City Council declares Cornhusker Ammunition Plant site blighted and substandard

    The Cornhusker Army Ammunition Plant site is nineteen square miles in size. Credit: The Nebraska On-line Cold War Museum

    In a 9-0 vote, with Councilwoman Julie Hehnke absent, the Grand Island City Council approved a blighted and substandard study for about 12,233 acres on the former ammunition plant site. The study was commissioned by the Central Nebraska Growth Foundation and prepared by Marvin Planning Consultants of David City.

    Regional Planning Director Chad Nabity said two areas on the site that were previously declared blighted and substandard were not included in the study. He added this area would not count against the 35% total land the city can have declared blighted and substandard. He went on to say the study, that was approved and forwarded to the City Council from the Regional Planning Commission, would allow for future development projects, including those seeking tax-increment financing, on the site. He emphasized none of these future projects would involve residential development.

    Ron Depue, who represents the Central Nebraska Growth Foundation, said the foundation was asking for council to approve the study and the blighted and substandard designation to enable further discussion to proceed in the future. “Tonight, we are just trying to get a first down. We want to move the chain to continue the process of development of this property. We are simply asking for a blighted and substandard designation. We are not here presenting any plan or any other great detail. We are also not asking you to spend one dime of city money, so it is no cost to the city.”

    Nabity said that as the city moves forward with this study and blighted and substandard designation for the former Cornhusker Army Ammunition Plant site, it would need to consider an ordinance to annex the site prior to the approval of a redevelopment plan. “It is not a requirement that council approve an annex, but that it would think about it”, he said.

    Councilman Chuck Haase questioned Nabity about how the city could potentially expedite the annexation process and if there was any plan to do so. Haase said, in his opinion, annexing would broaden the city’s tax base and benefit Grand Island citizens, and that state statute has to be followed when it comes to annexation, but that is possible. He said: “More than likely, it would take property owners willing to voluntarily bring their properties into the city limits.”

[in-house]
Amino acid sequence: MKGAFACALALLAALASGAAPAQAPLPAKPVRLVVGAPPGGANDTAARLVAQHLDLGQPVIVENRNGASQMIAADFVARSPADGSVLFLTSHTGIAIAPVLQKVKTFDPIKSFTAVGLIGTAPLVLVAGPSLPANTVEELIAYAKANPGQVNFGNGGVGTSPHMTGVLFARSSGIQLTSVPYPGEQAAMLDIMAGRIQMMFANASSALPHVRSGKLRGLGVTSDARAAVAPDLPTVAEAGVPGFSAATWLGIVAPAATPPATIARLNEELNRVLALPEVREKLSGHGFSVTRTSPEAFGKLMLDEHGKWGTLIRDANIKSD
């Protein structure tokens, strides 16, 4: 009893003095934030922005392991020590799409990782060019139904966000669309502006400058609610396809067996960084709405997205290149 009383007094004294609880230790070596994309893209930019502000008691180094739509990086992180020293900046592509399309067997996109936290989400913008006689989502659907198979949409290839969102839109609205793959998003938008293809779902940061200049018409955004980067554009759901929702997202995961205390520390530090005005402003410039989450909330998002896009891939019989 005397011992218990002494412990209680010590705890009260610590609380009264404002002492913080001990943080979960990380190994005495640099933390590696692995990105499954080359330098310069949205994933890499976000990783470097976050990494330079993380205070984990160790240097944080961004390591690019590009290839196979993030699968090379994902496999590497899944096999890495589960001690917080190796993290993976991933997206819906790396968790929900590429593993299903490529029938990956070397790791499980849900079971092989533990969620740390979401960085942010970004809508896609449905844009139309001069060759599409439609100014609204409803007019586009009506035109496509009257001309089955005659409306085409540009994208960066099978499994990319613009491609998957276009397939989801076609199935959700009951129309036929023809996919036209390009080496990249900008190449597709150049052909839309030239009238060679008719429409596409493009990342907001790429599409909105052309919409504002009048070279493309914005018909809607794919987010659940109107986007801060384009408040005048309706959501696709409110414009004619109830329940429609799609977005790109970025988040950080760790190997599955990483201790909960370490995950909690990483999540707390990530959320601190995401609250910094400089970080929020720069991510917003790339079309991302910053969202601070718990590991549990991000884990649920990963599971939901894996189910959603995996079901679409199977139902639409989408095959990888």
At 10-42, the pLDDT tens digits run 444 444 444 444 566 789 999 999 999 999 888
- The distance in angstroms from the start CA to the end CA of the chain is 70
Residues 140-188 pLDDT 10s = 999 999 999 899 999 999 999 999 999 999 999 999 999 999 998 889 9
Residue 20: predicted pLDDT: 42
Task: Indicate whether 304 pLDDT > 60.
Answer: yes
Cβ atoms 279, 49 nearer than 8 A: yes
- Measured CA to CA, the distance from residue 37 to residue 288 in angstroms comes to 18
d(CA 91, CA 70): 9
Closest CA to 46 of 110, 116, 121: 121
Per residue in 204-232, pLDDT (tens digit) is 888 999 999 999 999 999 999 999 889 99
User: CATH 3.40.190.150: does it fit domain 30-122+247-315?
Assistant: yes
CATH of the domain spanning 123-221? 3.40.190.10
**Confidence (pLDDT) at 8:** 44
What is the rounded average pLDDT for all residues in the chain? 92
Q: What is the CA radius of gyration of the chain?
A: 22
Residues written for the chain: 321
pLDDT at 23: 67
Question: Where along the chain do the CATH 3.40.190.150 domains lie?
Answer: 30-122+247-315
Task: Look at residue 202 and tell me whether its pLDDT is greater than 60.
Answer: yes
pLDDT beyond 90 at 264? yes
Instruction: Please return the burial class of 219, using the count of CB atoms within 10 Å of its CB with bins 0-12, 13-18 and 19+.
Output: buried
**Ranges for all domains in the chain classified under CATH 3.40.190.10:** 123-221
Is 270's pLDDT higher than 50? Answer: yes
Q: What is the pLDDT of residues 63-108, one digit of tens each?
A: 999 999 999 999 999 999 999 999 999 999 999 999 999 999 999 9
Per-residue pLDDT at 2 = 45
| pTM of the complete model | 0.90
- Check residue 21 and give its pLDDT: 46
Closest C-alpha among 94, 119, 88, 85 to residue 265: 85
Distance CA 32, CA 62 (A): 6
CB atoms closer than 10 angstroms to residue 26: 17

Councilman Roger Steele said he read the entire agenda document on this item and noticed it provided information that state the former Cornhusker Army Ammunition Plant site has “dangerous conditions to life or property due to fire or other causes”.

    He added the document indicates there are landfills filled with asbestos and other potentially hazardous materials and that the greatest health risk is to people ingesting or touching contaminants in the soil and/or groundwater. “From these facts, the city is on notice that there are dangerous conditions on the land which may involve a reasonable risk of harm to people on the property”, Steele said. “Knowing these things means the city must act with due care before it allows development on contaminated land.”

    Steele questioned Depue and the Central Nebraska Growth Foundation on what assurance they had that these conditions have been resolved so the City of Grand Island does not get sued for allowing this development on contaminated land.

    Depue said the Army has been very diligent in assuring what can and cannot be developed at the site, as well as monitoring wells on the site. “If there are additional hazardous substances found that is not caused by the current owner and occupant, they are required to come back and clean those up”, he said. “I think everything has been done, but if someone violates covenants and does things contrary to the restrictions, they have a potential problem. But, I cannot fathom the city incurring any liability simply because of this blight designation.”

    Steele said he understood this, but wanted to see “satisfactory proof” that future redevelopment plans on the former Cornhusker Army Ammunition Plant site will remediate the dangerous conditions of the property.